Within ICD-10-CM the coding of Alzheimer’s disease now should be able to capture and identify the type and onset of the disease through the codes. This includes whether the disease has an early or late onset. The type of Alzheimer’s and various symptoms also will be captured through documentation of any delirium and dementia, with or without behavioral disturbances. The documentation of these components of the disease can help with improving patient care and research, identifying prevention, and finding cure(s).

Some facts from the Alzheimer’s Association’s 2014 Alzheimer’s Disease Facts and Figures (Alzheimer’s & Dementia, Volume 10, Issue 2) include:

  • An estimated 5.2 million Americans of all ages will have Alzheimer’s disease in 2014. This includes an estimated 5 million people ages 65 and older and approximately 200,000 individuals under age 65 who have younger-onset Alzheimer’s.
  • One in nine people ages 65 and older (11 percent) has Alzheimer’s disease.
  • By 2025, the number of people ages 65 and older with Alzheimer’s disease is estimated to reach 7.1 million.

These figures constitute an urgent cry for chronic disease management within our healthcare system. Maintaining the status quo with our current coding classification system is simply not the answer for the clinical data we need; however, ICD-10 offers the big data we need and can use.



The documentation and coding of diabetes in ICD-10-CM features new and improved guidelines and code options to enhance the capture of disease data. The type of diabetes, the body system affected, and the complications or manifestations affecting each body system are critical data elements needed to better understand this chronic condition. Because of the systemic nature of diabetes, capturing the body system affected will provide the clinical information to achieve better care.

The body systems affected and complications include the following:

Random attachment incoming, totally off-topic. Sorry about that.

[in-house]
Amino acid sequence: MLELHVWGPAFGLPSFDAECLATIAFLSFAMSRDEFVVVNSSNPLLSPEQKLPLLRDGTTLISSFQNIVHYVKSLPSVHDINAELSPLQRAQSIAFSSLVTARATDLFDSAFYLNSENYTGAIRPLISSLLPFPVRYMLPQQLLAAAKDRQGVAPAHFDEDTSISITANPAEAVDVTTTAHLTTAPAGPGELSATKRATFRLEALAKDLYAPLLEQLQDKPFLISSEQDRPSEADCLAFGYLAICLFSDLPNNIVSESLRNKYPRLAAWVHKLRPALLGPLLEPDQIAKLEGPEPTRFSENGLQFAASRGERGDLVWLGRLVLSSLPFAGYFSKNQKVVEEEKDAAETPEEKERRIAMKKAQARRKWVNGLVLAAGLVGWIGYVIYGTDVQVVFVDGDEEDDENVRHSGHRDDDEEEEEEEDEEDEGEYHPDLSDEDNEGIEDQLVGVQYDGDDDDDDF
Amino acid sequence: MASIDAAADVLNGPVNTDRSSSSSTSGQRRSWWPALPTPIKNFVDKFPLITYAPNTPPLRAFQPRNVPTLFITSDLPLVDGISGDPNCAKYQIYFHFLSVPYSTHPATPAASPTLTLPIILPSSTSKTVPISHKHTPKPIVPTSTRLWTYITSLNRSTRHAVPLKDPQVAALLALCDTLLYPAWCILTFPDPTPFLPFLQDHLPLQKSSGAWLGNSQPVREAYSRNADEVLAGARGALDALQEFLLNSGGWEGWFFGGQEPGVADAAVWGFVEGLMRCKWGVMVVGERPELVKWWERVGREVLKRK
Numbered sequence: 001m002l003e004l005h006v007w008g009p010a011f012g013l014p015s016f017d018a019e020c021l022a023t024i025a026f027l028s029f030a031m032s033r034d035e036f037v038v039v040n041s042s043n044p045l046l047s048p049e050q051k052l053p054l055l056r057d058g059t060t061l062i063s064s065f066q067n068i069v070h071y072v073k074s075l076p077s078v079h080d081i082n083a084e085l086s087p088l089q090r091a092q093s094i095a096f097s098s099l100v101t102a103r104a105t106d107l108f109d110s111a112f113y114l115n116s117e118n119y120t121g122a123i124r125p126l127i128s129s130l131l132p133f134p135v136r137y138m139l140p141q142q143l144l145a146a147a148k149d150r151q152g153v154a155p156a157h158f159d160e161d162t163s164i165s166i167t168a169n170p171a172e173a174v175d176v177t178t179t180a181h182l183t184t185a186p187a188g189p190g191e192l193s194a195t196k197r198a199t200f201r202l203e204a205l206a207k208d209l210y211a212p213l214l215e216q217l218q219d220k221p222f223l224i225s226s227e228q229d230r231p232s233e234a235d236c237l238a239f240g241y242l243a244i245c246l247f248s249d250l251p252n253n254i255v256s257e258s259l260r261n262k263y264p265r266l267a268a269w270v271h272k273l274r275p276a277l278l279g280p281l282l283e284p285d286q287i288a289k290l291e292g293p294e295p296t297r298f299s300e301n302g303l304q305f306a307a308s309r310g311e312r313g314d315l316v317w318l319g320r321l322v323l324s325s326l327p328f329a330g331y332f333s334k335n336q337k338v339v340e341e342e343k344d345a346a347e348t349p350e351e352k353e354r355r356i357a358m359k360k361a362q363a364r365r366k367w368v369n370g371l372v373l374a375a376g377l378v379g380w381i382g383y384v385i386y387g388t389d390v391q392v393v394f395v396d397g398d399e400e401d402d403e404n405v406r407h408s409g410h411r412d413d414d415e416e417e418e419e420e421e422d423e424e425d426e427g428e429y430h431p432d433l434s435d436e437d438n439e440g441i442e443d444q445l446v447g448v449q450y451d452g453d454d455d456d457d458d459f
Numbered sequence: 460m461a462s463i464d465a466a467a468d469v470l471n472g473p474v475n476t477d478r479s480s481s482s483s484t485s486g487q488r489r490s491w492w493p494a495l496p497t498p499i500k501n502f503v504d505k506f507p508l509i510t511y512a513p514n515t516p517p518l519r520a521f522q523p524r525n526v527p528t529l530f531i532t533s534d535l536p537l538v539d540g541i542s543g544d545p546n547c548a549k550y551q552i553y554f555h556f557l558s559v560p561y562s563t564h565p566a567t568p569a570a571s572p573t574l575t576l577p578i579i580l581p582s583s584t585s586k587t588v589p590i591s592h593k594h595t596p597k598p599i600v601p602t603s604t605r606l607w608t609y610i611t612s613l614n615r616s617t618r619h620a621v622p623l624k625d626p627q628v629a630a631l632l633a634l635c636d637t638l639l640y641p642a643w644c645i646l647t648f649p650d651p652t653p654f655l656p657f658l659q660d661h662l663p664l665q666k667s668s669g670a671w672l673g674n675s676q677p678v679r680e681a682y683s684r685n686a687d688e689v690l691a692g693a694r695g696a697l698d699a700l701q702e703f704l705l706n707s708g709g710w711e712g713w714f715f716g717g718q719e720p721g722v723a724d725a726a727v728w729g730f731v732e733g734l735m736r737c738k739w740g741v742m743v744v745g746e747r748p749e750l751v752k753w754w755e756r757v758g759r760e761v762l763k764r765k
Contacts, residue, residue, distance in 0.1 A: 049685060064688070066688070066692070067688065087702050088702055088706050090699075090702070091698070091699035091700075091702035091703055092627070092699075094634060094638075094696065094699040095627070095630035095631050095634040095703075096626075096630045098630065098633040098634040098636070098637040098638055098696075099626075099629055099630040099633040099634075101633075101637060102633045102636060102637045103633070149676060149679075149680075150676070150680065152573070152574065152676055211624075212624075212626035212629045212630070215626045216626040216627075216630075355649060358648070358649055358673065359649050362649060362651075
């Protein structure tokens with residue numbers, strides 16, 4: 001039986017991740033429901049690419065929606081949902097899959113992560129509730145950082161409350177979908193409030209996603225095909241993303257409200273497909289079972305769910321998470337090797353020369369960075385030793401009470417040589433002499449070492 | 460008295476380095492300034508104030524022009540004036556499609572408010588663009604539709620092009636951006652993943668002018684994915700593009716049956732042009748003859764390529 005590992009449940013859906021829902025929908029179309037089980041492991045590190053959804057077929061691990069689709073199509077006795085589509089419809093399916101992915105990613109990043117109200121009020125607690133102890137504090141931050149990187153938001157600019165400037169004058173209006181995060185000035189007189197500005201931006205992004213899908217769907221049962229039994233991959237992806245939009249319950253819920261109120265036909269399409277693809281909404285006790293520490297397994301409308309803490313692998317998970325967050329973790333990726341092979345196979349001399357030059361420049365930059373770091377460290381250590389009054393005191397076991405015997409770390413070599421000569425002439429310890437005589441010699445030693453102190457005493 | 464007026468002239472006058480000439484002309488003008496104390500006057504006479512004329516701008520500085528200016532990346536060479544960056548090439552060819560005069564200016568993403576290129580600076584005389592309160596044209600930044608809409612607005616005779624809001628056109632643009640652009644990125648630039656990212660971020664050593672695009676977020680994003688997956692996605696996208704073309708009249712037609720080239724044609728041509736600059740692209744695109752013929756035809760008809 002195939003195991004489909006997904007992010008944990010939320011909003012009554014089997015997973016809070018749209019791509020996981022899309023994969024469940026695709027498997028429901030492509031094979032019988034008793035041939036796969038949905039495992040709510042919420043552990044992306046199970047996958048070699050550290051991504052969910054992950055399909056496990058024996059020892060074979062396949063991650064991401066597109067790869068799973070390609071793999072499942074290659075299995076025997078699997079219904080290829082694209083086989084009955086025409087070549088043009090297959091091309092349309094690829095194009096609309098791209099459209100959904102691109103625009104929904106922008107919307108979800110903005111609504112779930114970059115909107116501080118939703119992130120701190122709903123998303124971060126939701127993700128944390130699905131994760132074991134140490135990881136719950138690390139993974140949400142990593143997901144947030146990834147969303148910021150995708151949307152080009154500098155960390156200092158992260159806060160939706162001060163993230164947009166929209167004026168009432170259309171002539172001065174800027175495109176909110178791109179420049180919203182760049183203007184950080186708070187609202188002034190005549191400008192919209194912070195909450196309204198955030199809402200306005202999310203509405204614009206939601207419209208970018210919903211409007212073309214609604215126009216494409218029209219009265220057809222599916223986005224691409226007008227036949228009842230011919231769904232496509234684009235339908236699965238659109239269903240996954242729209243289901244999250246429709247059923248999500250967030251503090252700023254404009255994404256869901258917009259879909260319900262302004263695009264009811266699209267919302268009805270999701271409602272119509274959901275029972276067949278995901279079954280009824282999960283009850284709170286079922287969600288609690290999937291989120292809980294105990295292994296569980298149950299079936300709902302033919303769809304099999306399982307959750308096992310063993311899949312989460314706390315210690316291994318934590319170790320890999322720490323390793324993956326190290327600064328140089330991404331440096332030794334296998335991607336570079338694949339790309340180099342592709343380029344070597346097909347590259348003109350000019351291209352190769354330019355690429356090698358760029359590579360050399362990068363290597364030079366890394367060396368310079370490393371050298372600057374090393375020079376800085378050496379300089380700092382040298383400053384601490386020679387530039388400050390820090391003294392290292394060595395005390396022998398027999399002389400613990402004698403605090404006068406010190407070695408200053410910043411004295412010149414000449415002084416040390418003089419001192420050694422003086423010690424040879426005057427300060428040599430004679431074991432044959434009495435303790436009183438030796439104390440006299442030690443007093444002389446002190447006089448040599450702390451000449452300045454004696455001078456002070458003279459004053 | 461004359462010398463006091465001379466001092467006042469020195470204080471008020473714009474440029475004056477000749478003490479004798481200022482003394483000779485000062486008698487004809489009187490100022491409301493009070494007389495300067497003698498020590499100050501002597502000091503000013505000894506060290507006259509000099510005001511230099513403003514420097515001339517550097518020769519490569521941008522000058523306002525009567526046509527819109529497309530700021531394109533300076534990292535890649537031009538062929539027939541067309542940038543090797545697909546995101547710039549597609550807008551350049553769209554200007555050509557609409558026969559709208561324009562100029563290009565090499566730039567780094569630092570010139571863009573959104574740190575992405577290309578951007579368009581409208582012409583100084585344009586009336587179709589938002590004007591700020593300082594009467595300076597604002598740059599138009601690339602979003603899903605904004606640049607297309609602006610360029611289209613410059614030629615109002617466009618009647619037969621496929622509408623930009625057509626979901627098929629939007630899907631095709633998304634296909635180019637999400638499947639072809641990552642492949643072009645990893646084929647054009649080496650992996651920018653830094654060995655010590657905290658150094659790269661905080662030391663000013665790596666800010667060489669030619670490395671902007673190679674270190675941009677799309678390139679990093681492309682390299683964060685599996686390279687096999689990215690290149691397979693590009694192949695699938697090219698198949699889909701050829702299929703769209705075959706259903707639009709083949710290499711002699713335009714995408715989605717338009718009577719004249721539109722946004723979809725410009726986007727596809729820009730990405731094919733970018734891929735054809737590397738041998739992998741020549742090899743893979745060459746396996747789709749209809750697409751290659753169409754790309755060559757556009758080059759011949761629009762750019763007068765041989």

• Circulatory
  • Renal/Kidney
  • Neurologic
  • Ophthalmic
  • Hyperosmolarity
  • Other specific complications
    • Arthropathy
    • Dermatitis
    • Hyperglycemia
    • Hypoglycemia
    • Oral complications
    • Skin ulcer

In addition, some diabetes now are classified as “secondary” to drug and chemical agents, and identifying that within the data is now enhanced under ICD-10, marking an added plus. As you may have heard, diabetes is nearing epidemic volumes in the United States among young and old sufferers alike, so having a robust code set will help with tracking and trending this disease

According to the American Diabetes Association, in 2012 there were 29.1 million Americans, or 9.3 percent of the population, who had diabetes. The percentage of Americans ages 65 and older who suffer from diabetes also remains high at 25.9 percent of that population, or 11.8 million seniors (diagnosed and undiagnosed). This chronic disease will be better treated and addressed once ICD-10 is implemented.


Documentation and coding of neoplasms will be enhanced under ICD-10-CM as it pertains to capturing the specific site of the malignancy and laterality (right, left, and bilateral) for paired organs and the extremities. In addition, the capture of morphology occurs in more of the malignancy neoplasms with ICD-10-CM than with ICD-9. Data will become available for several very clinically complex neoplasm conditions as well.